American Frontiers PLIADOIBLMUSDA FSGeography Action from NGSHondaColemanCoca-Cola
The Trek

National Landscape Conservation System
NLCS Introduction

Wilderness Areas
Aravaipa Canyon Wilderness, AZ

Wilderness Study Areas
WSAs in the Red Desert and Jack Morrow Hills, WY

National Conservation Areas
Black Rock Desert- High Rock Canyon Emigrant Trails National Conservation Area, NV

National Monuments
Craters of the Moon National Monument, ID

Wild and Scenic Rivers
Upper Missouri Wild & Scenic River, MT

Forest Reserves
Headwaters Forest Reserve, CA

National Historic Trails
Pony Express National Historic Trail

The Lands
History of Public Lands

Canyonlands National Park

Chihuahuan Desert

Vermilion Cliffs National Monument

Grand Staircase-Escalante National Monument

Killpecker Sand Dunes, WY

Bisti De Na Zin Wilderness

Galiuro Wilderness, Arizona

New Mexico State Trust Lands

National Landscape Conservation System

Wilderness History and the Gila Wilderness



History: Those Who Came Before

Lifeways: Living with the Land

Public Lands: The Big Backyard

Nature: Changing Lands

Resources: Bountiful Lands

Geography of Freedom Gallery
Great quotations, great pictures, great public lands.

Public Lands Timeline
Great moments in public lands history.

Geo Action

PLIC Museum

 Exhibits: The Lands: National Landscape Conservation System

    Headwaters Forest Reserve
Map of the Headwaters Forest Reserve

Map of the Headwaters Forest Reserve
Courtesy Bureau of Land Management, California State Office

Old-growth forest in the Headwaters Forest Reserve.

Old-growth forest in the Headwaters Forest Reserve.
Courtesy Bureau of Land Management, California State Office

Hiking in the Headwaters Forest Reserve

Hiking in the Headwaters Forest Reserve
Courtesy Bureau of Land Management, California State Office

The Headwaters Forest Reserve stands alone in the National Landscape Conservation System. This parcel of land, near the ocean in Humboldt County, California, was formerly owned by a timber company, who sold it to the Bureau of Land Management and the State of California in 1999. Environmentalists had been opposing the logging of the central stands of old-growth forest, so the government negotiated its purchase, and is now planning restoration of habitat and watersheds. About 40% of the 7400 acres is old-growth forest, and is crucial habitat for several threatened species: the bald eagle, the marbled murrelet, the northern spotted owl, and the coho salmon.
Old-growth habitat provides a cool, moist environment for a variety of wildlife species, several of which can only find their nesting or foraging grounds within this habitat type. Moisture-loving animals, such as insects, amphibians, and mollusks, tend to thrive in old-growth forests. Banana slugs and other detritus feeders are an important and conspicuous component of this habitat because they process organic material throughout the forest floor. Several salamander species live in the old-growth section of the reserve, as well as pileated woodpeckers, numerous songbirds, peregrine falcons, silver-haired bats, and the northern flying squirrel.  Aquatic habitats in the Reserve include the headwaters of Salmon Creek, approximately five miles of the South Fork Elk River, including its headwaters at Elkhead Springs, and the entire Little South Fork Elk River. South Fork Elk River supports coho salmon, chinook salmon, steelhead, and cutthroat trout within the Reserve boundaries.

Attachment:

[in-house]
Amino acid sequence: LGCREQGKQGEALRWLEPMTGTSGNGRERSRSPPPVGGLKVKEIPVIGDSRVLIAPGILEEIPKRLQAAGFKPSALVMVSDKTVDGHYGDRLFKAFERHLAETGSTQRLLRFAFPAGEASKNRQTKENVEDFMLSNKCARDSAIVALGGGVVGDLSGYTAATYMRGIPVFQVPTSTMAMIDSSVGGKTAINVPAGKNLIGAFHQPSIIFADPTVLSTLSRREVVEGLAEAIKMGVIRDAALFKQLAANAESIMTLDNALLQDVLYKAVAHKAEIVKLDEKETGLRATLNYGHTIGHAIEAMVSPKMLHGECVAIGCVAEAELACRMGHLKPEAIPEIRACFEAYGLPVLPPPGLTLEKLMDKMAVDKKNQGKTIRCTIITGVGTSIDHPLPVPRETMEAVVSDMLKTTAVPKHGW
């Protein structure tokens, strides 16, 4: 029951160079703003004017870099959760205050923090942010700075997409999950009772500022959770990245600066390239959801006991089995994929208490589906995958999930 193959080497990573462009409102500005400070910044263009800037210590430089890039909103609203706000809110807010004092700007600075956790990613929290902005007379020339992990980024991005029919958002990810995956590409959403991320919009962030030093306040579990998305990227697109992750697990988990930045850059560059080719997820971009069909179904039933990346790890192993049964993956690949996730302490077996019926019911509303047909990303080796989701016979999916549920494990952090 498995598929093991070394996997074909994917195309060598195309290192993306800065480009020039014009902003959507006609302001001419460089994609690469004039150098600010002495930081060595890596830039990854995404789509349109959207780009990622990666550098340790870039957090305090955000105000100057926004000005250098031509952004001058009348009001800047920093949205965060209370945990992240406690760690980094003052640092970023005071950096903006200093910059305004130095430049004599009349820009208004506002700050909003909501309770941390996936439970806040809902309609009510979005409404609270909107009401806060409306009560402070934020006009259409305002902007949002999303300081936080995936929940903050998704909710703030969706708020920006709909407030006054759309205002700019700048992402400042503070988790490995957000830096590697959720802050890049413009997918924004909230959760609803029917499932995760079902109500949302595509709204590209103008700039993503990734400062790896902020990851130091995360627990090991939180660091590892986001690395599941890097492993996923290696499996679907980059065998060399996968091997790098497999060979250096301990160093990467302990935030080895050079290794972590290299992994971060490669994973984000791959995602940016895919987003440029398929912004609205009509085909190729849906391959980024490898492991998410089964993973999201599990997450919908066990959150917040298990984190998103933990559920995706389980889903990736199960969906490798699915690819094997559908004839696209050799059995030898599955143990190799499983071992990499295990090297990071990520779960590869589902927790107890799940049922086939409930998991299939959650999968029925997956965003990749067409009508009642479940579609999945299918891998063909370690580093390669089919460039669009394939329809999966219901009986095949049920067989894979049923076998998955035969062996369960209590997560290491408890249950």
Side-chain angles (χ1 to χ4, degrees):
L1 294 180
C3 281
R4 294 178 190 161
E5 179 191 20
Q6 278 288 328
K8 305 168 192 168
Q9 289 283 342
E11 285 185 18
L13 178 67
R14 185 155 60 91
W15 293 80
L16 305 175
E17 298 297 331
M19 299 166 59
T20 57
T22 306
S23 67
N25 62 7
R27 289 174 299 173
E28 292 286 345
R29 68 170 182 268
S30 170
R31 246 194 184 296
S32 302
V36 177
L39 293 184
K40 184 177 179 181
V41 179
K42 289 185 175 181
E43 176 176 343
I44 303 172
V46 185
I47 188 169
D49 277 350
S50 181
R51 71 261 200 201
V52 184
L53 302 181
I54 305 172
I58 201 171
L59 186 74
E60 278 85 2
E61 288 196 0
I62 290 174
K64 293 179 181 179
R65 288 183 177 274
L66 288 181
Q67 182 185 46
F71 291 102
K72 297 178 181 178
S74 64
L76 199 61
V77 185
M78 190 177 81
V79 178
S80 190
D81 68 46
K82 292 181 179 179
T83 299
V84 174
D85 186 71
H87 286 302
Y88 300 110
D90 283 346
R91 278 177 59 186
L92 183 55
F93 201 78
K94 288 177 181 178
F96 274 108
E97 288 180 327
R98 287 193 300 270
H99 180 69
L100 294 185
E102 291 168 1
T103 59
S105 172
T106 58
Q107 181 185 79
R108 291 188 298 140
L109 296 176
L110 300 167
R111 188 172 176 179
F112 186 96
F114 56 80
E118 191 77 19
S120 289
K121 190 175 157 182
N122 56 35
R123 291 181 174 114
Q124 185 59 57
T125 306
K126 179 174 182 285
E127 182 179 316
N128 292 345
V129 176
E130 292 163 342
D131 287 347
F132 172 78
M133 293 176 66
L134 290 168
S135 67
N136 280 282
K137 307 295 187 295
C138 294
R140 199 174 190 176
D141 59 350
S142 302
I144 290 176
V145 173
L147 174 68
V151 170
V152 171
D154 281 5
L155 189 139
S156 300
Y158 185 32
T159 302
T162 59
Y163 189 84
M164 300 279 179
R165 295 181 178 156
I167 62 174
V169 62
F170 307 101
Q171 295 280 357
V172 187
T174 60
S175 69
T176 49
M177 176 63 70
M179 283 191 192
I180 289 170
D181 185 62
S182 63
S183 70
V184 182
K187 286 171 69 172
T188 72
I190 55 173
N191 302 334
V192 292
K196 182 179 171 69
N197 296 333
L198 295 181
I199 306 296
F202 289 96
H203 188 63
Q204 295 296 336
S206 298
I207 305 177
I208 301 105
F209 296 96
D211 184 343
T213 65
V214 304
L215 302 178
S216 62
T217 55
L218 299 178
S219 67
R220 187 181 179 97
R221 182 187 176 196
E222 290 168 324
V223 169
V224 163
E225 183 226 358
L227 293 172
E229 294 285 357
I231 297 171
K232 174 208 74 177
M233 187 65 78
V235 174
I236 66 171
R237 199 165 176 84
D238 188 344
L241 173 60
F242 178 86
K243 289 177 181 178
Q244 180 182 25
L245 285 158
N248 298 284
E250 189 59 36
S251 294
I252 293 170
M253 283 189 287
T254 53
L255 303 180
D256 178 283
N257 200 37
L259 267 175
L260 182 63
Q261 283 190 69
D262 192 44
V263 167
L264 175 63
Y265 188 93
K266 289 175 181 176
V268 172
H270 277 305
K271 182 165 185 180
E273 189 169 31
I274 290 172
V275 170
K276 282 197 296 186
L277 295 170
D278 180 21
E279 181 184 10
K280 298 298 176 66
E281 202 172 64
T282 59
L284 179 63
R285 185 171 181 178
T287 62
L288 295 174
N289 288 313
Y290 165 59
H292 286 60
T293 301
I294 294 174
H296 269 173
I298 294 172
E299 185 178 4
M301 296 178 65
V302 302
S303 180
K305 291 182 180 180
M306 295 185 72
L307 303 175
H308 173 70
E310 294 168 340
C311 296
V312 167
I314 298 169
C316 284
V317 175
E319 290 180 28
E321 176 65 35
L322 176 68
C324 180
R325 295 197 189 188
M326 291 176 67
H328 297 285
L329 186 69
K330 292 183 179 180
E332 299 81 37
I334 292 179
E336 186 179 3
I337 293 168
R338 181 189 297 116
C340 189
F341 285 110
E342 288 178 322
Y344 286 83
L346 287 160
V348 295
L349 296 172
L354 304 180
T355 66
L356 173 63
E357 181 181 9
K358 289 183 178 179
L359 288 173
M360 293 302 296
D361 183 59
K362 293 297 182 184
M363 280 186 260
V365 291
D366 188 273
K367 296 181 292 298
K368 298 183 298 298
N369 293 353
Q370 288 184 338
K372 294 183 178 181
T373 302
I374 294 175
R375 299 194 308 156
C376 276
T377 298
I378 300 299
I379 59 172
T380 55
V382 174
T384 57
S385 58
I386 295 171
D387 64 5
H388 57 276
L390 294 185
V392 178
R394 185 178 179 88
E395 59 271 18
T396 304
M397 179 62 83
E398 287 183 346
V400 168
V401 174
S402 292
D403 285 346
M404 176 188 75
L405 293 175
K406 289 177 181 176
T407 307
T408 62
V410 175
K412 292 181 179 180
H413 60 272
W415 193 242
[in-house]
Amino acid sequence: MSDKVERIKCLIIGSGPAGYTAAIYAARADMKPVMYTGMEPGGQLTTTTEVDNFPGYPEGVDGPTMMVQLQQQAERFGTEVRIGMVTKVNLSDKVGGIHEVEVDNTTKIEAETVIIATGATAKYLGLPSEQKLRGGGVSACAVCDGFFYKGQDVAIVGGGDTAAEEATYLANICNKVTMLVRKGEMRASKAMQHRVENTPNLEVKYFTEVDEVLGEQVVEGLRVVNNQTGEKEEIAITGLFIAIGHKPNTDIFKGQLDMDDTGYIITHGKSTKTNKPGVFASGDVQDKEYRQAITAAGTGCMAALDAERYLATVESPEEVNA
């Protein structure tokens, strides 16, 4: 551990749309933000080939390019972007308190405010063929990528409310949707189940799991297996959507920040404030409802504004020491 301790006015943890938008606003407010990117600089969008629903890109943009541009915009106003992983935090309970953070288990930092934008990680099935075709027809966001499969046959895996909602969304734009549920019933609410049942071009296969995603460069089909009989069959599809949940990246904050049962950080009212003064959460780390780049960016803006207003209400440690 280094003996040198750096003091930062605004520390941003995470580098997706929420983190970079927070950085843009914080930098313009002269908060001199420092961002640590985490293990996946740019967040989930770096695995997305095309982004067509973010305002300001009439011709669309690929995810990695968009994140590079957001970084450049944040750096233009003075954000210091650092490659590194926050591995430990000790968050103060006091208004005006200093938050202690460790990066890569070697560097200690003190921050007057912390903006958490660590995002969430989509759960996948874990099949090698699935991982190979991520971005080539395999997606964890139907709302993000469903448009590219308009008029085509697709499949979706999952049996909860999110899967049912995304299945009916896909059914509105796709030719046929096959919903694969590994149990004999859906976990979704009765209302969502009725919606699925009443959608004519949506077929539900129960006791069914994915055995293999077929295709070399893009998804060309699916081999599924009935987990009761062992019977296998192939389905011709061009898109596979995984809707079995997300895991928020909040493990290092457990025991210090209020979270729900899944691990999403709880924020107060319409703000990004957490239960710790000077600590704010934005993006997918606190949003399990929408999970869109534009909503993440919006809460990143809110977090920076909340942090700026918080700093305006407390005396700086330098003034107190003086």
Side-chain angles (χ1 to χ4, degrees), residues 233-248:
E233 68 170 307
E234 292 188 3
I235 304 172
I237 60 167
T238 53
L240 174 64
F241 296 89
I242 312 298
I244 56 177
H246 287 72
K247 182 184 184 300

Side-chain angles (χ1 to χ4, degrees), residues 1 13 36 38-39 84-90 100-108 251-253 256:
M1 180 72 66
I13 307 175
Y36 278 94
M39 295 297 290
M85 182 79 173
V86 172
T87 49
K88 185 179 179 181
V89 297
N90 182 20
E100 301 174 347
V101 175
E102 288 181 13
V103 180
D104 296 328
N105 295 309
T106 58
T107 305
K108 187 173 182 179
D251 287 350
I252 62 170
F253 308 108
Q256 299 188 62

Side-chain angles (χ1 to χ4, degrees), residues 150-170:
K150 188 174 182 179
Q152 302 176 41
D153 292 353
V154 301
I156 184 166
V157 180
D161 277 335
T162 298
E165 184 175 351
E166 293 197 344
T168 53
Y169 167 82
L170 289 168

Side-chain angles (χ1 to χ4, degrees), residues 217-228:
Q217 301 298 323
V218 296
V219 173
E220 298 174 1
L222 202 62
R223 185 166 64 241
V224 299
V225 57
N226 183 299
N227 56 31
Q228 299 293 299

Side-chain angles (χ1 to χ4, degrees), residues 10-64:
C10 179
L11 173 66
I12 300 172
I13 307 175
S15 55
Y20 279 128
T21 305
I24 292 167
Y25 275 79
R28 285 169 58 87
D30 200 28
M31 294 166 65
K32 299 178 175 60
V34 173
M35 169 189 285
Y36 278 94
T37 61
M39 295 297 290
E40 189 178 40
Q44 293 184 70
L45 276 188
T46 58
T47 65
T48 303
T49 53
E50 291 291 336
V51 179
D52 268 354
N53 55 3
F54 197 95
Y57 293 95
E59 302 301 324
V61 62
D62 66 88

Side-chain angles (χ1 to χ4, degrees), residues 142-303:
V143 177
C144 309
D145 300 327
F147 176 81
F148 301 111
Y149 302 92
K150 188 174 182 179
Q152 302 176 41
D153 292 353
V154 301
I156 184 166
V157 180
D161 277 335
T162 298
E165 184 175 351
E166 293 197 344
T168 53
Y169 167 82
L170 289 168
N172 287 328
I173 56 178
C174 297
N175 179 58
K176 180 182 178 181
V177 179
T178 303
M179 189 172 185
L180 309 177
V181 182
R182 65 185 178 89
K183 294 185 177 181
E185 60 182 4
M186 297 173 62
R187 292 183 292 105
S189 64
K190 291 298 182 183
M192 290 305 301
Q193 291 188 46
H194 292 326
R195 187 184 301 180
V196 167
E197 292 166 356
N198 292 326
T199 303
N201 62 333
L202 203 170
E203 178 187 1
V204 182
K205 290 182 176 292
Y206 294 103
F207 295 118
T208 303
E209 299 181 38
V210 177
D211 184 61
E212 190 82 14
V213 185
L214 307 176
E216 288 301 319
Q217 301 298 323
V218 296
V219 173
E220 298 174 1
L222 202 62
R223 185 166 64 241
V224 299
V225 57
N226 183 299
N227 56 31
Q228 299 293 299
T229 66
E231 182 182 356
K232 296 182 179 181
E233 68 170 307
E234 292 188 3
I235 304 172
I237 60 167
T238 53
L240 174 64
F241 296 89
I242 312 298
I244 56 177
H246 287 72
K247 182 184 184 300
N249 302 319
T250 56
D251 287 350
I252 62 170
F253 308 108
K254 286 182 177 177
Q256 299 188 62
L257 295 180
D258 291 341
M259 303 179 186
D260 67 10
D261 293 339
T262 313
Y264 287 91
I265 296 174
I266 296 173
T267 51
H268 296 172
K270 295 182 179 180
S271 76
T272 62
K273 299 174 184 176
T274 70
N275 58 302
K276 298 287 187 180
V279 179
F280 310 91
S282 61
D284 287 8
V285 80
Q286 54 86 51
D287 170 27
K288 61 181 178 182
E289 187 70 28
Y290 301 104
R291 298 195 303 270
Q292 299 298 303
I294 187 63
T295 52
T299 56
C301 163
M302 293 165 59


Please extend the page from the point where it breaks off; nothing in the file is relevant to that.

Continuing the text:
Another interesting feature of the Reserve is the ghost town of Falk, which lies in the northwest section, about 6 miles southeast of Eureka. The town was built in 1884 and deserted by 1937. Little remains of the old town, but it is an interesting reminder of the transience of boom towns. Other historic sites include a military route from 1850 (which may have been a prehistoric trail used by local Native Americans), and the Elk River Mill and Lumber Company buildings.
This area had been heavily logged for over 100 years, and the land is scarred by roads, clearcutting, and other disturbances. Noxious weeds and other invasive species have sprung up in distubed areas, and species sensitive to human distubance, such as the northern spotted owl, have suffered greatly. Watersheds have become silted from road building and clearcutting, degrading habitat for salmon and steelhead.
The BLM is working with the Fish and Wildlife Service to improve vegetation and watersheds, and to create a suitable environment for the recovery of the threatened wildlife. The final plan is still under consideration, but the interim management plan restricts the number of visitors to the Reserve each day and also prohibits hunting, mechanized and motorized vehicle use, camping, or horseback riding. Visitors are asked to stay on existing trails to minimize impact on the old-growth habitat. Collecting plants is allowed only with a special use permit. Trails are closed during wet weather to minimize sediment in the streams and trail damage. Eventually, the BLM hopes to create two trails through the Reserve, which would follow old logging roads and skirt the old-growth area, protecting a large area of old-growth forest from human disturbance.

The BLM and the State of California are developing a coordinated management plan, in cooperation with other interested agencies, private groups, and individuals, to guide the future management of this special area.  Although some initial restoration work, signing, and other necessary steps will be taken immediately, the cooperative management planning process, which will guide all other activities is expected to take about a year.  All suggestions and ideas from interested members of the public are welcome.  Comments can be e-mailed to or sent by regular mail to P.O. Box 189445, Sacramento, CA 95818-9445.

Links for More Information

  Part Eight--

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